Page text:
LG said on Monday that it would shut down its loss-making mobile phone business worldwide as the once leading brand looks to focus its resources in “growth areas” such as electric vehicle components, connected devices, Smart Homes, Robotics, AI and B2B Solutions, and Platforms and Services.
The South Korean firm said in a statement that its board of directors approved the decision today. After the company’s statement since January, when it was reviewing the direction of its smartphone business, it was a shocking move.
LG, which for a long time held the No. 3 spot in the smartphone market in the US, said it would continue to sell handsets until the inventory was in place, and would provide software support for the current lineup of smartphones for a fixed period of time, changing by region. Huh.
The company said that the status of its employees of the phone business would be determined locally. In January, reports surfaced that stated that LG wants to sell its smartphone business. In the same month, the company said that it would launch a rollable phone this year. But it seems that all attempts to maintain the business failed.
“Going forward, LG will continue to leverage its mobile expertise and help develop mobility-related technologies such as 6G to further strengthen competition in other business areas. The core technologies developed during two decades of LG’s mobile business operations will also be retained and applied to existing and future products.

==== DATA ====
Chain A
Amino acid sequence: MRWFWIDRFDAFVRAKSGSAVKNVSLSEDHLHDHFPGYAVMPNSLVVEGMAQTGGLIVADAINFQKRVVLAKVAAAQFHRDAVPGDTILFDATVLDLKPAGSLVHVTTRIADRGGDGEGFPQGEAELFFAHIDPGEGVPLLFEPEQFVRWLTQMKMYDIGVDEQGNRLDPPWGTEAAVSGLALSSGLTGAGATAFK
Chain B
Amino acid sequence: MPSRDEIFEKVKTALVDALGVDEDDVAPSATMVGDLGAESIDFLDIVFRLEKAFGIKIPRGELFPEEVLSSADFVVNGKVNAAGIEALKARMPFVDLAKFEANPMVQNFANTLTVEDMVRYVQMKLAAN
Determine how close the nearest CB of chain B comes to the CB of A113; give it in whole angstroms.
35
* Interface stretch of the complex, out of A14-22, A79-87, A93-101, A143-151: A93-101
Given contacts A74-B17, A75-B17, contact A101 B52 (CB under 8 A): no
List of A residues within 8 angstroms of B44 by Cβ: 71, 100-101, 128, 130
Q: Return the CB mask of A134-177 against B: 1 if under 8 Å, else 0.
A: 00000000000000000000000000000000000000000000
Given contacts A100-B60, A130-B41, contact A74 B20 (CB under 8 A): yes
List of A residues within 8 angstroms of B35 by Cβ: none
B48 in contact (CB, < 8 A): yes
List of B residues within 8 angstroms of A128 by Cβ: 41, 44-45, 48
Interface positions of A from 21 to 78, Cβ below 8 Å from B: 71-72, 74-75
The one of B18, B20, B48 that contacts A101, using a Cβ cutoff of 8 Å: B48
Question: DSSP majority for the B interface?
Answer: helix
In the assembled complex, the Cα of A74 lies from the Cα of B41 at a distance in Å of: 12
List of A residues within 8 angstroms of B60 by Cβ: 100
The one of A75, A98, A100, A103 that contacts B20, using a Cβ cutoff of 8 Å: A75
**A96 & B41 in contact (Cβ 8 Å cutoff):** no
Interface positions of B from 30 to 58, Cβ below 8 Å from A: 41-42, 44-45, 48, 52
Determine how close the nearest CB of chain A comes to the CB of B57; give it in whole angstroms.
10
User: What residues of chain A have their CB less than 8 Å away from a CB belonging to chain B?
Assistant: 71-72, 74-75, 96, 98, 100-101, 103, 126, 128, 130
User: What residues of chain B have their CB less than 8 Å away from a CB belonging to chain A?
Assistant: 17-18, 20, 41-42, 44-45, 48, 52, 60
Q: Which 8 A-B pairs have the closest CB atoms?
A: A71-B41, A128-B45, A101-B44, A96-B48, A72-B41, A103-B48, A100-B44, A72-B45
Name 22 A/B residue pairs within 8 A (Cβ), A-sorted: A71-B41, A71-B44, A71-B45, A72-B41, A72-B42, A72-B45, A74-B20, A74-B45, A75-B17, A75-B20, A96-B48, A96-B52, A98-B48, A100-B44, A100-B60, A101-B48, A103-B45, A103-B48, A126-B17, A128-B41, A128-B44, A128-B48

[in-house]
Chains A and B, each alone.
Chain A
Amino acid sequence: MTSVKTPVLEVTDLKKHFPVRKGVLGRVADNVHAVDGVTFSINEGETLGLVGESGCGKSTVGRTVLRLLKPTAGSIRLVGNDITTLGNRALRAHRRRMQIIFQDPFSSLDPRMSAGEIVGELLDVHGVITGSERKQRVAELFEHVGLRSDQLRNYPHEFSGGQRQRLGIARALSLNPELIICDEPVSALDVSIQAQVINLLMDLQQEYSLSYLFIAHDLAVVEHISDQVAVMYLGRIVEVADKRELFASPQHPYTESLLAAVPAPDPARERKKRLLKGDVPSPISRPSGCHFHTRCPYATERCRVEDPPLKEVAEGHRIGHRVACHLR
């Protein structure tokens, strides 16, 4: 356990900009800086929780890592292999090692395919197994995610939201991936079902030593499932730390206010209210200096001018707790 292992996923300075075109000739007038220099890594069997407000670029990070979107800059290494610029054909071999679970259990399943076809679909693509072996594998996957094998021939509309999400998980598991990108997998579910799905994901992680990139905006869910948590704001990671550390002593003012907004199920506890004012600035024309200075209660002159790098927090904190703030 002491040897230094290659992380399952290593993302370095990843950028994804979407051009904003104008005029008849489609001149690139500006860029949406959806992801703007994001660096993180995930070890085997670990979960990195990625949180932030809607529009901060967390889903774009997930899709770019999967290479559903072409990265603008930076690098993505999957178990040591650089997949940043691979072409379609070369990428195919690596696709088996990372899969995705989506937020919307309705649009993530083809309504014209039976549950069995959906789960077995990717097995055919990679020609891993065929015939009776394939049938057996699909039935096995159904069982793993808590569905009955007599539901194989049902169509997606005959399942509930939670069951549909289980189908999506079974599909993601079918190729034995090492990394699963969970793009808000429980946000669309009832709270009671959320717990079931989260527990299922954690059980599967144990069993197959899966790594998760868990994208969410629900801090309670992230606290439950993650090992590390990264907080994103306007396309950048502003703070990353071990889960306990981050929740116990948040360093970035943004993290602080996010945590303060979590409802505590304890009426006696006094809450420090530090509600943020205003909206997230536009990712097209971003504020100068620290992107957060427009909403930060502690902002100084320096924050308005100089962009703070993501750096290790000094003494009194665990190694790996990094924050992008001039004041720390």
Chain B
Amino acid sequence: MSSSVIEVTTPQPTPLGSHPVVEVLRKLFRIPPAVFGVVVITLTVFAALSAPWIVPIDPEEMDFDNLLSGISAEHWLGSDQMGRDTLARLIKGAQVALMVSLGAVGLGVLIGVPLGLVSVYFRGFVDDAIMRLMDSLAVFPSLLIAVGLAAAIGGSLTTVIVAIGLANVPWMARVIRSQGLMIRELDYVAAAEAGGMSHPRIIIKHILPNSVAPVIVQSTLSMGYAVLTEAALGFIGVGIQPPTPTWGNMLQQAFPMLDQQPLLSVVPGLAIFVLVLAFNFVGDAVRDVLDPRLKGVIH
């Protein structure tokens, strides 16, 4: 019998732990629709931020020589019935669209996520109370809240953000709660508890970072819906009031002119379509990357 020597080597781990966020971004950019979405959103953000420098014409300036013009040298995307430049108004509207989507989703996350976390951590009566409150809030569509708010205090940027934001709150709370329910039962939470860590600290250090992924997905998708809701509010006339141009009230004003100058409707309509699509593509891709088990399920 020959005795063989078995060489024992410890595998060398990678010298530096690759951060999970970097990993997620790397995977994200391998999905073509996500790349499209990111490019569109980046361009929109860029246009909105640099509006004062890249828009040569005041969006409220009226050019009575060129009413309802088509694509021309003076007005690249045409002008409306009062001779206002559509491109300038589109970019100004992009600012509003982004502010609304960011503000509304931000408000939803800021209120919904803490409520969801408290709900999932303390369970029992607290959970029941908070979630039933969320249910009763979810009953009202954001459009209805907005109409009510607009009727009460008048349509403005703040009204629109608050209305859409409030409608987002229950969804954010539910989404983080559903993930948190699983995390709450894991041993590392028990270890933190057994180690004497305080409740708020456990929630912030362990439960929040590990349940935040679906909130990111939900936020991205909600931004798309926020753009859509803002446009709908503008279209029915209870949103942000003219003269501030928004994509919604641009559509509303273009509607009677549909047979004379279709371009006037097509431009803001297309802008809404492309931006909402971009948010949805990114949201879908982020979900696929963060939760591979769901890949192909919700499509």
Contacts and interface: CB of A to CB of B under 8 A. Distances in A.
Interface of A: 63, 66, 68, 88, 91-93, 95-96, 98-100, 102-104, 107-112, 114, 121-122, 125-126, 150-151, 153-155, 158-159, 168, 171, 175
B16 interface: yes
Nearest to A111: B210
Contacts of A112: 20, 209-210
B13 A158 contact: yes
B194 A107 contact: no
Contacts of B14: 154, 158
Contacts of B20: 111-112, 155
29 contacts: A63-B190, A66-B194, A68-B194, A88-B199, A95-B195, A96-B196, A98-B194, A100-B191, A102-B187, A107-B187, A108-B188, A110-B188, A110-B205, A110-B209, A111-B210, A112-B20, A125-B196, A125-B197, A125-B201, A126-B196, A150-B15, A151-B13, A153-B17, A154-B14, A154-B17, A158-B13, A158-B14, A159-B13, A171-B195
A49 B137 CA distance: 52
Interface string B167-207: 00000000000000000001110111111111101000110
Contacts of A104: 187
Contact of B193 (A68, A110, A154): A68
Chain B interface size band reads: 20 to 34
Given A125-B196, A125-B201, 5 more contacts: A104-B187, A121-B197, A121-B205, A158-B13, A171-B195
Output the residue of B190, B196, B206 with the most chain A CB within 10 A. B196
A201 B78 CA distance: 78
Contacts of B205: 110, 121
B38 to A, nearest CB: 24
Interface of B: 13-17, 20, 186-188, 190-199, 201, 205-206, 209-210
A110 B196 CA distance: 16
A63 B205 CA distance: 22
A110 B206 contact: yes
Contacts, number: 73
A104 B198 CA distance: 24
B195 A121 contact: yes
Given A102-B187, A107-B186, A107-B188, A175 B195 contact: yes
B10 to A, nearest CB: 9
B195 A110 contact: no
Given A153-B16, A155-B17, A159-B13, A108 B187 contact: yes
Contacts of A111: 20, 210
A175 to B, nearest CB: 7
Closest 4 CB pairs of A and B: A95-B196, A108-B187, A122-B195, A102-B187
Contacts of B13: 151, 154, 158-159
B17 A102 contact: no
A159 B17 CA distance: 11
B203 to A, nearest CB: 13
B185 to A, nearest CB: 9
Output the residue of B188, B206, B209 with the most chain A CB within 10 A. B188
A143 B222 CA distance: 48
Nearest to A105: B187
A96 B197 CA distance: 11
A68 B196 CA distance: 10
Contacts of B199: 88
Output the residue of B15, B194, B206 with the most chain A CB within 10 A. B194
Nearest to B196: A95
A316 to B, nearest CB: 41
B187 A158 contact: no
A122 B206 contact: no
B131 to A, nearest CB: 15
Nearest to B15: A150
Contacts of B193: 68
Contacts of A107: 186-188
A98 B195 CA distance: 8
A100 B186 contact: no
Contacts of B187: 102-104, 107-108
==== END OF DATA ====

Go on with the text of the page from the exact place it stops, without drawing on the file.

The poor financial performance of LG’s smartphone business has been publicly known for many years. Like countless other Android smartphone vendors, LG has struggled to turn things around.
LG focused on mid-range and high-end smartphones, two segments of the market that have become increasingly competitive over the past decade thanks to the rise of Chinese phonemakers such as Huawei, Xiaomi, OnePlus, Oppo and Vivo Have become increasingly competitive that are launching better value- models for money every few months. (Once a rival, HTC is struggling, too.)
Many phonemakers today rely heavily on software services such as mobile payments to make money. While LG launched a mobile payment service two years after Samsung launched Samsung Pay in 2017, LG’s portfolio of services remained slim throughout the year.